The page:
B. Two Kinds of Biblical Peace for Humans: these are covenantal peace (think peace treaty) and subjective peace (think peace of mind)
1. Covenantal Peace–(legal peace, our standing with God, our position with God).
a. In Christ the paradox between God’s eternal, untouchable, unchanging peace and his being able to have fellow-feelings (emotions) with humans is resolved (see above.)
b. In Christ we not only have peace; he is our peace.
i. Jesus is the logos of God, the full expression and outward manifestation of the Triune Deity.
For in Christ all the fullness of the Deity lives in bodily form, (Colossians 2:9)
ii. As God incarnate, God in a human body, Christ is the intermediary between God eternal and man.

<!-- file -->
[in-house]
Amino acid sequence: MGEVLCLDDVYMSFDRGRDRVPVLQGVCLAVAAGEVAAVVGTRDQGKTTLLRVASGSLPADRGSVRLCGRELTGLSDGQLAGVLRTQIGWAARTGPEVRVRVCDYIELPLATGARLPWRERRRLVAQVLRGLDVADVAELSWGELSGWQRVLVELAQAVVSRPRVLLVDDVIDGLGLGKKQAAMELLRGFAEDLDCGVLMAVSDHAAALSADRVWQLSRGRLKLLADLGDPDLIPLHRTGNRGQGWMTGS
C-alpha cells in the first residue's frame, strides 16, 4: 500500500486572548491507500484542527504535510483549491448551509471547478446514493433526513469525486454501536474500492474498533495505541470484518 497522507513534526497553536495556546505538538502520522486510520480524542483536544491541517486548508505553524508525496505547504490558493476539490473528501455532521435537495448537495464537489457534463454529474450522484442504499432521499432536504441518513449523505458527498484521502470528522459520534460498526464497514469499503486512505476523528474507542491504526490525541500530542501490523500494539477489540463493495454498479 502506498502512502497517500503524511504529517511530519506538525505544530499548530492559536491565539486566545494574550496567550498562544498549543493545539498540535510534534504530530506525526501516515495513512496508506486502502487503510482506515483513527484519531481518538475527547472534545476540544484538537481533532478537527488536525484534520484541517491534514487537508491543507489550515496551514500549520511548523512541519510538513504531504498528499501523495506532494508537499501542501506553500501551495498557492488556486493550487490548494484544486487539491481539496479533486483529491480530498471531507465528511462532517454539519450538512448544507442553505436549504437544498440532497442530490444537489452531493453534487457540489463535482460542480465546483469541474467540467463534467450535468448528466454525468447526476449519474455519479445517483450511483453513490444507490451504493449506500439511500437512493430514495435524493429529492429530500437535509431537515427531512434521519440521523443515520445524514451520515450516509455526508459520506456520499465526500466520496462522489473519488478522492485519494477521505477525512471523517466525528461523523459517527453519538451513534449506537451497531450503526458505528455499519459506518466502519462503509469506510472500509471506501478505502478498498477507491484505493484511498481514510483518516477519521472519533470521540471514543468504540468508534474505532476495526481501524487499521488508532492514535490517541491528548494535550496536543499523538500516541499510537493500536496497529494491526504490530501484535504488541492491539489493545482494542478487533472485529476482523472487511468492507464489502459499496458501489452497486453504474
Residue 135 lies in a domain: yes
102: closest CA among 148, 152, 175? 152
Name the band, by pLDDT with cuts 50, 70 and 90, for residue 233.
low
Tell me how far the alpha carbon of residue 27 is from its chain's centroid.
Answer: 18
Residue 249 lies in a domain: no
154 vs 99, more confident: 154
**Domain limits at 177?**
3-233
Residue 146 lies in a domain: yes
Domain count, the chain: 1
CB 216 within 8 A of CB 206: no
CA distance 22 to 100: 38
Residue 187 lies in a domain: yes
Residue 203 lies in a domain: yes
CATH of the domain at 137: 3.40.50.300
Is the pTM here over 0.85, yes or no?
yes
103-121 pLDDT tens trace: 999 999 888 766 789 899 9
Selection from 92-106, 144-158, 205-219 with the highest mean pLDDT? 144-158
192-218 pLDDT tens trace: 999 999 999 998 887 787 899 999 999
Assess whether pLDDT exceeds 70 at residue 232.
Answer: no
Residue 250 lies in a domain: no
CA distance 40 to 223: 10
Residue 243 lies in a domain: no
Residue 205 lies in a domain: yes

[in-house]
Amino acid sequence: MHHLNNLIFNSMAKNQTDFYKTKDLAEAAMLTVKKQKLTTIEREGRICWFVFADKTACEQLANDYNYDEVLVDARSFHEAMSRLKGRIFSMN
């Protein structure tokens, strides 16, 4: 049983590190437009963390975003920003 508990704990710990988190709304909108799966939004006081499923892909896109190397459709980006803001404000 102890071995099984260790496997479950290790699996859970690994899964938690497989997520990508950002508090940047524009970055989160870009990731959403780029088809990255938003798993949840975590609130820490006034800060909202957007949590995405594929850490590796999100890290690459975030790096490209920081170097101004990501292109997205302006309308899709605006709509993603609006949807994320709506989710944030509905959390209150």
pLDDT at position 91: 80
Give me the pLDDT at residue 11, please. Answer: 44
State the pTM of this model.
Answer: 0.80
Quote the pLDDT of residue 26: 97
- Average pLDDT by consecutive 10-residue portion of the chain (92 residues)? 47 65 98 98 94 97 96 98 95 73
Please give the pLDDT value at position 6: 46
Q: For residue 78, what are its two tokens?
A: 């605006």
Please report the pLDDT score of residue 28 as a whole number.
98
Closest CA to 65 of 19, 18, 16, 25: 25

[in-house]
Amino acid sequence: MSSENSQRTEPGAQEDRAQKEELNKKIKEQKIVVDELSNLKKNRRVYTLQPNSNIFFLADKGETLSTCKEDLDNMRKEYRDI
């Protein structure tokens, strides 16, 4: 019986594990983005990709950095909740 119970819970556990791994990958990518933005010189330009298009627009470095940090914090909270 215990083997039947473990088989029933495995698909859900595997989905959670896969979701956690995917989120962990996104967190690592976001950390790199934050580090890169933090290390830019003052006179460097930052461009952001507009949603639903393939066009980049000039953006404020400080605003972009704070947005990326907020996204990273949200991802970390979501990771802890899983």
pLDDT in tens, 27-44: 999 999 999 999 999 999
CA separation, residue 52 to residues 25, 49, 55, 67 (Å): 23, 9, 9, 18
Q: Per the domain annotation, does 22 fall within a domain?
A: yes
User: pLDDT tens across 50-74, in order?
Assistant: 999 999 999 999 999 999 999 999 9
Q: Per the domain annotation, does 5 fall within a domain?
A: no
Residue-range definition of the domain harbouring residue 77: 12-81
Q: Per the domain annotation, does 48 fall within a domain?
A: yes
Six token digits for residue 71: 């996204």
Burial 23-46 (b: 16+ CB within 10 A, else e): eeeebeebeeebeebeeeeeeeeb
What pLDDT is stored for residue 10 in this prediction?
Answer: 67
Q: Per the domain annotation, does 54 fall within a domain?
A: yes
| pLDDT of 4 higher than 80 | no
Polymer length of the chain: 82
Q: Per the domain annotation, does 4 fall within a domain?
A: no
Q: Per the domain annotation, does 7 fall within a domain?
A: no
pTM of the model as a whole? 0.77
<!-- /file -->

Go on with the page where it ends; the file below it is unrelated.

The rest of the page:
iii. Along with the attribute of peace, God also has attributes of perfect holiness and justice.
a) Humankind’s sinful nature and acts of sin (anything that contradicts the Ten Commandments) are incompatible with God’s nature.
b) Sin cannot live in God’s presence, and indeed, must be cast out. Such casting out is punishment, because God is light and in him is no darkness at all. (1 John 1:5)
Whoever is cast out from the presence of God abides in eternal darkness.
v. Apart from Christ, there is only enmity and wrath between us and God. (As concerns we humans, NOT everything we do is okay with the God who is peace–a paradox? If so, it lies with us, not within God.) (Isaiah 57:21) (Romans 5:9-10) (John 3:36)
vi. Christ’s death on the cross and resurrection into life fulfills the terms of the everlasting covenant between himself and God the Father.